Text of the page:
- George Fritz, who will present “Navigating the Path from Idea to Community Treasure: The Story of the mural ‘Guardian of the Waters.’”
- Joe Concra, co-founder and executive director of O+ Festival, a national nonprofit headquartered in Kingston, New York, who will focus on the impact of art on a community's overall health.
- G. Peter Jemison, manager of the Ganondagan Historic Site and Seneca Cultural Center, who will relate the idea of the Message of Peace through the story of the origin of the Seneca.
- Ellen McHale, executive director of the New York Folklore Society, who will present “Art: A Catalyst for Change.”
- Michele Truett’s presentation “Three murals: One historic Utica neighborhood,” which will share her experience of using a grant from National Grid to make the murals in Bagg’s Square and the resultant revitalization of the neighborhood possible.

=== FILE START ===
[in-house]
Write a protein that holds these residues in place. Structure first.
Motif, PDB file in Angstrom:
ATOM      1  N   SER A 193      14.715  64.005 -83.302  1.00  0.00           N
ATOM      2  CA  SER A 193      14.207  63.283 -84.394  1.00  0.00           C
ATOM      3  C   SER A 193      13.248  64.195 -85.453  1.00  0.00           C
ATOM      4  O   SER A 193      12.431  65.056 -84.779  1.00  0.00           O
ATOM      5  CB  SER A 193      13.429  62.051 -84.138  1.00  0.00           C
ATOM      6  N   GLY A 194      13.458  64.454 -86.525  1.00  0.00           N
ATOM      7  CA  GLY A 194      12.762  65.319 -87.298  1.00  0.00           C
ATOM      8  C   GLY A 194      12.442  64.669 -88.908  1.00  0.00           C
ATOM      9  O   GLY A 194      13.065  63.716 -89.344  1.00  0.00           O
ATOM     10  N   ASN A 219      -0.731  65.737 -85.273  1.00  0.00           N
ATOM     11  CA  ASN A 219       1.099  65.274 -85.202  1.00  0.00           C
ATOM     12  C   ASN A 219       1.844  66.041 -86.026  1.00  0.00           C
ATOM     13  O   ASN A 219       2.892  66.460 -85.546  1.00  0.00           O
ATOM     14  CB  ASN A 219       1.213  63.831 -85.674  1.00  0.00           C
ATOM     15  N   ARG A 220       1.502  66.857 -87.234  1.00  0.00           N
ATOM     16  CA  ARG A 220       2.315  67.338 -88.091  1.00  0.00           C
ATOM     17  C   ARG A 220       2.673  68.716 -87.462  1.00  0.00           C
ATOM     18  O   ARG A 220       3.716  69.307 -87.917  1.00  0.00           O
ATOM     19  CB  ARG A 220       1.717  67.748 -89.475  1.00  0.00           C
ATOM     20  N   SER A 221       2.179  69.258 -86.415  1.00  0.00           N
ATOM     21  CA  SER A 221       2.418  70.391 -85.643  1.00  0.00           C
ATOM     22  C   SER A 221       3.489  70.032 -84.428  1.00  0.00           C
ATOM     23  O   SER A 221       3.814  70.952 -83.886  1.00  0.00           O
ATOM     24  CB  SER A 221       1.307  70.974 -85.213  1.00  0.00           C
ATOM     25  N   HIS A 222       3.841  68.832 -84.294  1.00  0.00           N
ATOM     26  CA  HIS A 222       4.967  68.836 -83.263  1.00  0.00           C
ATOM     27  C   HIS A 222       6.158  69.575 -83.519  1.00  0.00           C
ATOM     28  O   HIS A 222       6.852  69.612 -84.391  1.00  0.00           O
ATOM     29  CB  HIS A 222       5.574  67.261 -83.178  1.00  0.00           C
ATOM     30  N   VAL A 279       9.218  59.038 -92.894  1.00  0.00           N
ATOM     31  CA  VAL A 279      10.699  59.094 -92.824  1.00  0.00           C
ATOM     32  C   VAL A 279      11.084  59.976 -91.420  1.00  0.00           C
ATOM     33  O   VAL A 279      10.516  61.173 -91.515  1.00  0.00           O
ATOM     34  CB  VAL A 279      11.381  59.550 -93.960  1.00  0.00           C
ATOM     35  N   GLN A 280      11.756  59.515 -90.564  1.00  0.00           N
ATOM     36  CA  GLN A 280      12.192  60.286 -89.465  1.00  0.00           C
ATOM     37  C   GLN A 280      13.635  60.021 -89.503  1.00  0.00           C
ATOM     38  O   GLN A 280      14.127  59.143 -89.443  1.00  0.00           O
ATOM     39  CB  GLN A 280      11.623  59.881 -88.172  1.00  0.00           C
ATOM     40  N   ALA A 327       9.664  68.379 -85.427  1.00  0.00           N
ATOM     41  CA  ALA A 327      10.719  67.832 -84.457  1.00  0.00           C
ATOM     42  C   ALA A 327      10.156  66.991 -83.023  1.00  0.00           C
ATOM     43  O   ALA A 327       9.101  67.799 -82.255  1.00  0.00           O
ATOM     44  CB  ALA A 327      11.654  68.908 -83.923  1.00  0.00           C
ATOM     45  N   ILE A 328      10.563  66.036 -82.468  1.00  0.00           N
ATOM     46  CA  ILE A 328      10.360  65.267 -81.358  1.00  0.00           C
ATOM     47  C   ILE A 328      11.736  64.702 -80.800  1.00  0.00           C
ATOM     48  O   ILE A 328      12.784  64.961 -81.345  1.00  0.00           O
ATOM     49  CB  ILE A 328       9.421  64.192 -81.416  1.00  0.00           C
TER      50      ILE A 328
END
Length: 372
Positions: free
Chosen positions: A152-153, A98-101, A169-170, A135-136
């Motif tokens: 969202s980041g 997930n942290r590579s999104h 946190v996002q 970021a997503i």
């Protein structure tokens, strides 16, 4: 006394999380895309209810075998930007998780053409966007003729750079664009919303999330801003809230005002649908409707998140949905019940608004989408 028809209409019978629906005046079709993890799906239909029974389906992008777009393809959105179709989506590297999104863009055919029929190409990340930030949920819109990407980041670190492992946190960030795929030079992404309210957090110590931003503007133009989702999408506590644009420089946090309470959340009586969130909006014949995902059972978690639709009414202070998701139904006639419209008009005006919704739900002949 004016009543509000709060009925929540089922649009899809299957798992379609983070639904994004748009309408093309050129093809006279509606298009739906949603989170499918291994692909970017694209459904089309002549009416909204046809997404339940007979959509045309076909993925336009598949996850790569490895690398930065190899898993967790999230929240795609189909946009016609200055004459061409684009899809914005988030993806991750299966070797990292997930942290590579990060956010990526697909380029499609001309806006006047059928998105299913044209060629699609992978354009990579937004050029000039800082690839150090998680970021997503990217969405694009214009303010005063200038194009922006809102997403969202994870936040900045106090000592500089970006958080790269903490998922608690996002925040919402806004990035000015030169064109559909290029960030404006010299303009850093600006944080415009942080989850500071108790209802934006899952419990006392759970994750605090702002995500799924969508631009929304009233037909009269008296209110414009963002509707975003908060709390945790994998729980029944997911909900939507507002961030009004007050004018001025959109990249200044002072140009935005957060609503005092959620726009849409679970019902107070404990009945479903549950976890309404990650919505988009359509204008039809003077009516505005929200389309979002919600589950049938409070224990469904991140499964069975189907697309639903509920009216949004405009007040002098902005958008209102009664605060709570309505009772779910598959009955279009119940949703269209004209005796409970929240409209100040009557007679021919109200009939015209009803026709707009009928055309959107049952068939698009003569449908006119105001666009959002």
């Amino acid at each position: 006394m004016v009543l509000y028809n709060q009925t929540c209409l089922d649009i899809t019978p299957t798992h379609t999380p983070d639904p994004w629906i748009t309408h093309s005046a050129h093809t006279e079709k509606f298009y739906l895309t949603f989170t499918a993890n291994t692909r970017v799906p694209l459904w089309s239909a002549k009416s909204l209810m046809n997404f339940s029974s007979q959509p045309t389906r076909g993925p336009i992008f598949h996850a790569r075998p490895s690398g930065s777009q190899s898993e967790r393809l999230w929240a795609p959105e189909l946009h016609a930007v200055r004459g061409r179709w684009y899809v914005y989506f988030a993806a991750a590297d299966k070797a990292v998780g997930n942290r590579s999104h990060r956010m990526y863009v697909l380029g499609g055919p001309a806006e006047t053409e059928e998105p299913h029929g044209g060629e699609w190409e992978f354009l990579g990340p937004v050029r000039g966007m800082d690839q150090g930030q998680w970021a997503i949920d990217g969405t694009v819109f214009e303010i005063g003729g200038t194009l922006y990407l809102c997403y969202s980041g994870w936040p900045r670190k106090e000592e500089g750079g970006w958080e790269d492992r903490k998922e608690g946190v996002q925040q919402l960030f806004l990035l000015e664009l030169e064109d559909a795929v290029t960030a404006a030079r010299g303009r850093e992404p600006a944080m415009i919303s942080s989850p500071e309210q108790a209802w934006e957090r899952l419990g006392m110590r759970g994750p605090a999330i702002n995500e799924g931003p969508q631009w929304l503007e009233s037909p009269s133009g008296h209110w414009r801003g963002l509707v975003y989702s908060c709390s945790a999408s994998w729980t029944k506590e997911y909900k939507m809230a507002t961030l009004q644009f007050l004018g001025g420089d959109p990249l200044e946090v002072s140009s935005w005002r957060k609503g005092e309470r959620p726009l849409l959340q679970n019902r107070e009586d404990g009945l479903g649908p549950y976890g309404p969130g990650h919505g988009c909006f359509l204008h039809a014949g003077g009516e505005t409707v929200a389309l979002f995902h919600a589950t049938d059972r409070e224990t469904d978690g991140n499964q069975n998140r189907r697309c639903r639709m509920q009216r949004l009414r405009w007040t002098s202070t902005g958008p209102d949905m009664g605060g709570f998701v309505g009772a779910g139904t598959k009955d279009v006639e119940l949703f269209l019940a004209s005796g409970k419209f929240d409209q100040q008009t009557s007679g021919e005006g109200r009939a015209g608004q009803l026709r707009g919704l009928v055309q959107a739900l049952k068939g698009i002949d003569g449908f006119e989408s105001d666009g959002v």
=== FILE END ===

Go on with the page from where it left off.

- Anastasia Pratt, who will share how community art projects can bring various groups together to understand their history and define their community, in a presentation titled, “Public History Meets Public Art.”
About the Alley Art Project
Called The Alley Art Project, Corning’s murals are the result of a special collaboration between The Rockwell Museum and the High School Learning Center of the Corning-Painted Post Area School District. Since 2009, The Rockwell and the school district have worked together in conjunction with downtown planning agencies and business owners to make this project a reality.